2. CatHeader CatHeader 18 July 2014

    I love it when mentally healthy people use real medical conditions that millions of real people live with as metaphors for their navel-gazing social analyses. :) It’s so cute.

    Seriously, though, you clearly have no understanding of how schizophrenia – which is, again, a real, actual thing, not a metaphor – works, or how it affects people who have it. Please educate yourself before you presume to appropriate medical terminology.

  3. Almuddaththir Almuddaththir 19 July 2014

    We understand the isolation that separates me from myself. We try to remain calm about it but when I want to go one way and myself is hesitant, then what do we do? No one listens to us. We are treated as some sort of circus freak. We set out not to confuse but to confuse. We both have a right to our point of view, don’t we?

  4. Aragorn Eloff Aragorn Eloff 19 July 2014

    @CatHeader: Guattari, Deleuze’s co-author, was in fact a highly regarded psychoanalyst who was instrumental in running La Borde – a pioneering egalitarian psychiatric clinic that has had great success in ameliorating some of the worst impacts of clinical schizophrenia in patients.

    Both authors are careful to point out that they’re using the term ‘schizophrenia’ in a non-clinical sense; in their two volume work, Capitalism and Schizophrenia, they promote what they term ‘schizoanalysis’ as a way of mapping and modifying the material forces that intersect to produce capitalist social relations and subjectivity.

    As Foucault observes, what they’re doing can best be understood as a political analysis of productive desire with the schizo-as-process as exemplary capitalist producer.

    In the below quotes from Anti-Oedipus, what they discuss sounds very much like capitalism to me:

    “Schizophrenia is like love: there is no specifically schizophrenic phenomenon or entity; schizophrenia is the universe of productive and reproductive desiring-machines, universal primary production as “the essential reality of man and nature.”

    “It might be said that the schizophrenic passes from one code to the other, that he deliberately scrambles all the codes, by quickly shifting from one to another, according to the questions asked him, never giving the same explanation from one day to the next, never invoking the same genealogy, never recording the same event in the same way.”

  5. Aragorn Eloff Aragorn Eloff 19 July 2014

    @Garg: “I wonder what the conditions were that caused manic-depression, paranoia and hysteria? And how it came to be that those conditions disappeared?”

    Both D&G and Foucault would approach this question in terms of what paranoia, hysteria, etc., are defined as within a social field at different points and times. In other words, they might ask what social/material conditions create the hysteric, the paranoiac, etc.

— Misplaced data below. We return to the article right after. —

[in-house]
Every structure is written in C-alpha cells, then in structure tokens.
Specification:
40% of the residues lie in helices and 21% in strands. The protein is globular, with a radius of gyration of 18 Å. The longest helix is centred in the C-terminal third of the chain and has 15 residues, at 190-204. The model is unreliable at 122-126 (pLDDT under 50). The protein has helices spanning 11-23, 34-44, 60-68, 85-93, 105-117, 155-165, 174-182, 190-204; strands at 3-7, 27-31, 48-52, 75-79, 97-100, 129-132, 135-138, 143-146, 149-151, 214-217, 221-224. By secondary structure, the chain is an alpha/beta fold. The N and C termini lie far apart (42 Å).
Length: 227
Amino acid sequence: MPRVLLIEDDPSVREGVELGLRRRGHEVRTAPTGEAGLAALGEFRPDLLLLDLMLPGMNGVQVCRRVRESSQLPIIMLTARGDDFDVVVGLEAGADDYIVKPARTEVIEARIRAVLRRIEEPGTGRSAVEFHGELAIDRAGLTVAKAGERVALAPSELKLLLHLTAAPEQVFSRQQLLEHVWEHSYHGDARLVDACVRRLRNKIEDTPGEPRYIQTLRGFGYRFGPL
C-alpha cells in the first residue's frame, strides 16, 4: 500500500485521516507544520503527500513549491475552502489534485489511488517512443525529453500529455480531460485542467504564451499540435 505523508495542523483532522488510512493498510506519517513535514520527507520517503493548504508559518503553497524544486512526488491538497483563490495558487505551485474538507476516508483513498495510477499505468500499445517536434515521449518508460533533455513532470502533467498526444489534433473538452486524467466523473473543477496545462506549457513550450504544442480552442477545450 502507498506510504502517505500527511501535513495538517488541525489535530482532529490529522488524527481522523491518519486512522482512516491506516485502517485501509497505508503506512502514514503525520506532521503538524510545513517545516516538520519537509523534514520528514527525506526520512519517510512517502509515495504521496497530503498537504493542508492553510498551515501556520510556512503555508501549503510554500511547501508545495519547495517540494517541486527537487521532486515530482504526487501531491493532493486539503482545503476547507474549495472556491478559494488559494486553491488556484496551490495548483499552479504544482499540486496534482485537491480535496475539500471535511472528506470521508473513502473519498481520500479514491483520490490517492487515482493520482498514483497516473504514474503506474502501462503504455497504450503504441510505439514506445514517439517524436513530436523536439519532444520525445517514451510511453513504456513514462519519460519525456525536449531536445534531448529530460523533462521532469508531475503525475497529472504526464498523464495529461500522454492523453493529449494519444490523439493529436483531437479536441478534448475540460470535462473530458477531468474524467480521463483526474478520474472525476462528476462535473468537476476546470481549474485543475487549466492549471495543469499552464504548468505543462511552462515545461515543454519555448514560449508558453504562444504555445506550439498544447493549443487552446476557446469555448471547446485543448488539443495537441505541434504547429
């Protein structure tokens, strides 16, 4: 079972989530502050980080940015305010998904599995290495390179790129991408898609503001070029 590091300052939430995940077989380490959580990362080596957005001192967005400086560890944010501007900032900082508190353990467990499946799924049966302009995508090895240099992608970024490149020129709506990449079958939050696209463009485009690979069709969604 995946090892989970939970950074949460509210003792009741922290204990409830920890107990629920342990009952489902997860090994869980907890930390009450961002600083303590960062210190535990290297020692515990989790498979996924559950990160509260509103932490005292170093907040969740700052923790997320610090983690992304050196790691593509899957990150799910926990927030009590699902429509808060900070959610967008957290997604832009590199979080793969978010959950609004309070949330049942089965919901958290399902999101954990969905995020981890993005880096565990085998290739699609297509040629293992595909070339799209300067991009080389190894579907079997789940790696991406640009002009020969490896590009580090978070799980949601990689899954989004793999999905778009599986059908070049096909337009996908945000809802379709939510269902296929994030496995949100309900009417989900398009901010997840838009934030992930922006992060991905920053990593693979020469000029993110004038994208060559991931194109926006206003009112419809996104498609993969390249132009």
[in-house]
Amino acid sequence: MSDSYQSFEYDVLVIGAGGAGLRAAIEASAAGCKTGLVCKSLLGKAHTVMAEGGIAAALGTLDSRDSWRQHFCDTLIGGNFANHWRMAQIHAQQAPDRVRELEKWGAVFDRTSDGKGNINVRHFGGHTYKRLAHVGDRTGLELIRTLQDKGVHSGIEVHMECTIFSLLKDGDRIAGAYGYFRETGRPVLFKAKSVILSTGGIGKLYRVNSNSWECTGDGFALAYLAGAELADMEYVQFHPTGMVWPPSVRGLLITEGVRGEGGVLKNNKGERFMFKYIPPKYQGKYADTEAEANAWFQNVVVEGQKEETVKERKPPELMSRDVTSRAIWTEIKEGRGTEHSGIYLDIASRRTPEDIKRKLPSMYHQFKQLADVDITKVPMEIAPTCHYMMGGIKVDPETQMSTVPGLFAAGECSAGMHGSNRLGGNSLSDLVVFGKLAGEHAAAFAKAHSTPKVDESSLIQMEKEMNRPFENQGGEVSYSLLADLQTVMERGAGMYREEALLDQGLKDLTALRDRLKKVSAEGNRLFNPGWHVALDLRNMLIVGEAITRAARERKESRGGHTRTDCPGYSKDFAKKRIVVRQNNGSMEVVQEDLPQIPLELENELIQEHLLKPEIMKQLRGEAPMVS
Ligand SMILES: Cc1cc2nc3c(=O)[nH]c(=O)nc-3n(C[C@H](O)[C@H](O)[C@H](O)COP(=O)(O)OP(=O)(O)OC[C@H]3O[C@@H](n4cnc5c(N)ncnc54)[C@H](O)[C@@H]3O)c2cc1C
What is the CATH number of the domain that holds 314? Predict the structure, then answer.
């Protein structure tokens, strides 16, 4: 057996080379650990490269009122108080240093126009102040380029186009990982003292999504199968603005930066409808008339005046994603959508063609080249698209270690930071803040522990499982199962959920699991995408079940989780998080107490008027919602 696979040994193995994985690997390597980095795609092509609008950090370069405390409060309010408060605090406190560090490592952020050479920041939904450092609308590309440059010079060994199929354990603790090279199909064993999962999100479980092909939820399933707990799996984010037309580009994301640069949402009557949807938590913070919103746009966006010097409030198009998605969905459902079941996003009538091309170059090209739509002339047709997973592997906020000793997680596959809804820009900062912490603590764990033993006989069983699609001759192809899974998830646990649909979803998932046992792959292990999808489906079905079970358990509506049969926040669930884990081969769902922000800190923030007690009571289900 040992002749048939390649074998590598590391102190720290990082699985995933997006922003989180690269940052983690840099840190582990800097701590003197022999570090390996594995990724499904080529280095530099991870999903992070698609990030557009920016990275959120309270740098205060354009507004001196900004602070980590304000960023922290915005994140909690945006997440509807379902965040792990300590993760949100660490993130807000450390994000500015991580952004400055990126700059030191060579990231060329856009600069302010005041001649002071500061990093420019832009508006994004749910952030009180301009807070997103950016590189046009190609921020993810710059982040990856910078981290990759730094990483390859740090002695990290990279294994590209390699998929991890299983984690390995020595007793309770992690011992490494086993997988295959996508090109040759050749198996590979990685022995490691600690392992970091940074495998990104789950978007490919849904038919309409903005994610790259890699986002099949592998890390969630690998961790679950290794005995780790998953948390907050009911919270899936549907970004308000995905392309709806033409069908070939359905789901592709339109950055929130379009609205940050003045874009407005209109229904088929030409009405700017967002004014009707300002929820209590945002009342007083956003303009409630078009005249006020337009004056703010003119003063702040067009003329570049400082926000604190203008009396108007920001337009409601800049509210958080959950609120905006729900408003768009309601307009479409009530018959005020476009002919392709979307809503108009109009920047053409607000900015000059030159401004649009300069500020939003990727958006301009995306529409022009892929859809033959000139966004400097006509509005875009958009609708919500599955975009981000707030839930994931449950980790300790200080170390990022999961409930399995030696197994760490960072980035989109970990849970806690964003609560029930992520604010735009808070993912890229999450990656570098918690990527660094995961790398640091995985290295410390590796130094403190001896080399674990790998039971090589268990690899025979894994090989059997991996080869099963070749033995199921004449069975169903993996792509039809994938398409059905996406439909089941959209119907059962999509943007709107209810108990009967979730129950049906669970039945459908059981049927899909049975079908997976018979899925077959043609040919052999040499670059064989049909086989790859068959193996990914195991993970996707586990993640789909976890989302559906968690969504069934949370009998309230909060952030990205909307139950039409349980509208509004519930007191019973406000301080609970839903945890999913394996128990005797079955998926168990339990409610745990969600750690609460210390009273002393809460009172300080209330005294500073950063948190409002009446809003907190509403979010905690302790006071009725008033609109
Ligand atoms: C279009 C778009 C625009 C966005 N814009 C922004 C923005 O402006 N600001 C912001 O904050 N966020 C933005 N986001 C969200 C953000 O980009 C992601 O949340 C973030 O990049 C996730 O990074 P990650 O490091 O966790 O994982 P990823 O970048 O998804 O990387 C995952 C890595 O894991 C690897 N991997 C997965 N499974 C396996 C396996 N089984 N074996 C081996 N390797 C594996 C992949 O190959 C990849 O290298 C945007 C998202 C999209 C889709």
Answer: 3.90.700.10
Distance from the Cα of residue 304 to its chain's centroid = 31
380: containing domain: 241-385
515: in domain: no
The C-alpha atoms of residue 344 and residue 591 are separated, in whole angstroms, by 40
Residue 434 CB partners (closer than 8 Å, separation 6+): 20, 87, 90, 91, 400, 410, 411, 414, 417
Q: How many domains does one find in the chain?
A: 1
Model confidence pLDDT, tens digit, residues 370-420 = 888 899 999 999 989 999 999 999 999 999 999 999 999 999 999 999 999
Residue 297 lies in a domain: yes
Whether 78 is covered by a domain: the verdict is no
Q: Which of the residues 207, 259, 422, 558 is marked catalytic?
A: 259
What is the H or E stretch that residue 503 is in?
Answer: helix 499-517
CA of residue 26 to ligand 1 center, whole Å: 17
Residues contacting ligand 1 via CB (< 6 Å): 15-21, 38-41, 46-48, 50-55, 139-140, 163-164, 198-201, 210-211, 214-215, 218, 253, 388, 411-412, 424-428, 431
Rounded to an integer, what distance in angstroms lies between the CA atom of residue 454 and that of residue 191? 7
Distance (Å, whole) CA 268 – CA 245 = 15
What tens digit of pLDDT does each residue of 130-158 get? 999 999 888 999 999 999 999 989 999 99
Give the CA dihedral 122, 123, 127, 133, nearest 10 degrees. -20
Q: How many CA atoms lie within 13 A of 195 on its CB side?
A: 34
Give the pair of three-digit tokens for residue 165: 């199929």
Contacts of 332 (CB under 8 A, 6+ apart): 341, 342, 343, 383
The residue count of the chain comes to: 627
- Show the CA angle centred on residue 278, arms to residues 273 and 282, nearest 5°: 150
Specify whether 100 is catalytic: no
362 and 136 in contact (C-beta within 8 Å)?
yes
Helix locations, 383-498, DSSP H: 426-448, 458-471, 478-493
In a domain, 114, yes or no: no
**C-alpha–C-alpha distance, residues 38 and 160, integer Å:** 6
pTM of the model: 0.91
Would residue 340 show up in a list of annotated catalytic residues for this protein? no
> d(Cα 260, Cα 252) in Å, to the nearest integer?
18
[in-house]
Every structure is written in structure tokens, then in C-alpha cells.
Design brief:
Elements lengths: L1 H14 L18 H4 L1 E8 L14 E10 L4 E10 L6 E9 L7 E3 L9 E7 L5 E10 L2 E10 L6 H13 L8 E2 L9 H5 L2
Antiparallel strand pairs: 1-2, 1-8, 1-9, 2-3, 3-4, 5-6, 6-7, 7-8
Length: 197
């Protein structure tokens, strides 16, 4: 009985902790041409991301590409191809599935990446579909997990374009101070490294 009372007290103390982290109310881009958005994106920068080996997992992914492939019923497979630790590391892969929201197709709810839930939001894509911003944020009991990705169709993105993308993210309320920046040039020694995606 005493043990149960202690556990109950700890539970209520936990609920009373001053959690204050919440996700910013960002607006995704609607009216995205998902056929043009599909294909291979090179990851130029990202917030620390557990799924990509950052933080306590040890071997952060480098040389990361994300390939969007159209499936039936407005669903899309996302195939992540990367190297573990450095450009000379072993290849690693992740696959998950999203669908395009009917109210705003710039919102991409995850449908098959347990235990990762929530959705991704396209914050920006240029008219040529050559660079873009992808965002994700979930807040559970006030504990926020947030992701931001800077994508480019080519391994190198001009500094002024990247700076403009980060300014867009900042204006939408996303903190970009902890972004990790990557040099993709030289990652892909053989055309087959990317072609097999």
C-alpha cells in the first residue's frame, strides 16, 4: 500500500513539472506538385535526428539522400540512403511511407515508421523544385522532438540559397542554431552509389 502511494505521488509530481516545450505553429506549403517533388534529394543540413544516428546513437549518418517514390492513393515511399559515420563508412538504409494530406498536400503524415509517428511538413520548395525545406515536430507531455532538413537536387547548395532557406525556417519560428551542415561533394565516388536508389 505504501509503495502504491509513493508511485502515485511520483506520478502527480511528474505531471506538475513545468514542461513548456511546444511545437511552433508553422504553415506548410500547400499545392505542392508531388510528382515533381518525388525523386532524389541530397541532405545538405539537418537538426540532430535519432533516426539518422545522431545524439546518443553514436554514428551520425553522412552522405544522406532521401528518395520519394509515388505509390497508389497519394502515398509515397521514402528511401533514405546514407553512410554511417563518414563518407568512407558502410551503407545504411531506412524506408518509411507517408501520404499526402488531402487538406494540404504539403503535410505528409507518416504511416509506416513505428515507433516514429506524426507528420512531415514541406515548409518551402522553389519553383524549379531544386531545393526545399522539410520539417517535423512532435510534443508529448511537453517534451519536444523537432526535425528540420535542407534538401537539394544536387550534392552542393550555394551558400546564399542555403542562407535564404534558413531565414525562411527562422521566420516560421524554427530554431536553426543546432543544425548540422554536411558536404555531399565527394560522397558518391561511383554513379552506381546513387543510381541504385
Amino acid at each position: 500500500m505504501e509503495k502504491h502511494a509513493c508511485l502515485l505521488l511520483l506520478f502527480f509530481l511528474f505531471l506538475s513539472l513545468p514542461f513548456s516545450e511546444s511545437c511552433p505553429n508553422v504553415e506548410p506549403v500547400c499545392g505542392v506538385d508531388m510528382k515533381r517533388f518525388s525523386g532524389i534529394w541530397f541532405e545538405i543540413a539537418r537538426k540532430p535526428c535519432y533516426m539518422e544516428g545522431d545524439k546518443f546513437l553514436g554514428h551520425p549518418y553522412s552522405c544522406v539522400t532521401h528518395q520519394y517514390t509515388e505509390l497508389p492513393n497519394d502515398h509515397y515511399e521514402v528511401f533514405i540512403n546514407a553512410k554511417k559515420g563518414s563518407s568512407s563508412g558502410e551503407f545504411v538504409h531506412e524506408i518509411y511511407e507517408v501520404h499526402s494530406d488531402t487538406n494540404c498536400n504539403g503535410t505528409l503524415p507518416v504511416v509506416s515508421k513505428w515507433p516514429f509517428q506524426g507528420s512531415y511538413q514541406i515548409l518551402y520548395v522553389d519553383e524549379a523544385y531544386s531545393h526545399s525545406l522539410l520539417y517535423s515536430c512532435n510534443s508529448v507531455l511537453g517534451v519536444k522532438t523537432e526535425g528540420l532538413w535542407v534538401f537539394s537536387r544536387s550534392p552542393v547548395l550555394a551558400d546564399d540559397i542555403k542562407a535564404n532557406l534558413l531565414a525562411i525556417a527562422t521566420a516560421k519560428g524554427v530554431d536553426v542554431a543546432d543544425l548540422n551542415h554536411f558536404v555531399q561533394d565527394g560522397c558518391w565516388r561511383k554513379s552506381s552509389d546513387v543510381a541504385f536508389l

Here’s a salient quote from Anti-Oedipus, from the section on materialist psychiatry:

    “Capitalism is in fact born of the encounter of two sorts of flows: the decoded flows of production in the form of money-capital, and the decoded flows of labor in the form of the “free worker.” Hence, unlike previous social machines, the capitalist machine is incapable of providing a code that will apply to the whole of the social field. By substituting money for the very notion of a code, it has created an axiomatic of abstract quantities that keeps moving further and further in the direction of the deterritorialization of the socius. Capitalism tends toward a threshold of decoding that will destroy the socius in order to make it a body without organs and unleash the flows of desire on this body as a deterritorialized field. Is it correct to say that in this sense schizophrenia is the product of the capitalist machine, as manic-depression and paranoia are the product of the despotic machine, and hysteria the product of the territorial machine?”

  6. Bert Bert 19 July 2014

    Thanks for responding, Aragorn. I would just add, CatHeader, that your reading leaves a lot to be desired – I pointed out that Buchanan stressed that schizophrenia is used by Deleuze and Guattari to describe a generalized social and cultural condition of fragmentation at all levels, NOT the clinical variety. This does not mean that this general schizophrenia is not real. It is, and we are all subject to it, even if we are not clinically schizophrenic. Besides, the clinical variety occurs, today, (at least partly) because of the schizophrenizing forces that surround us. It is the clinically schizophrenic person’s ‘answer’ to those forces, and it is inscribed on their bodies in the form of radically rejecting the extant shape of capitalist society, with its ‘impossible’ demands of people.

  7. V_3 V_3 19 July 2014

    Writing about capitalism as schizoid is certainly in keeping with the zeitgeist of modern Cutesy Leftist academia but not seeing the elephant in the room (or bull in the China shopping) is, well, cut off from reality or, umm Schizophrenic.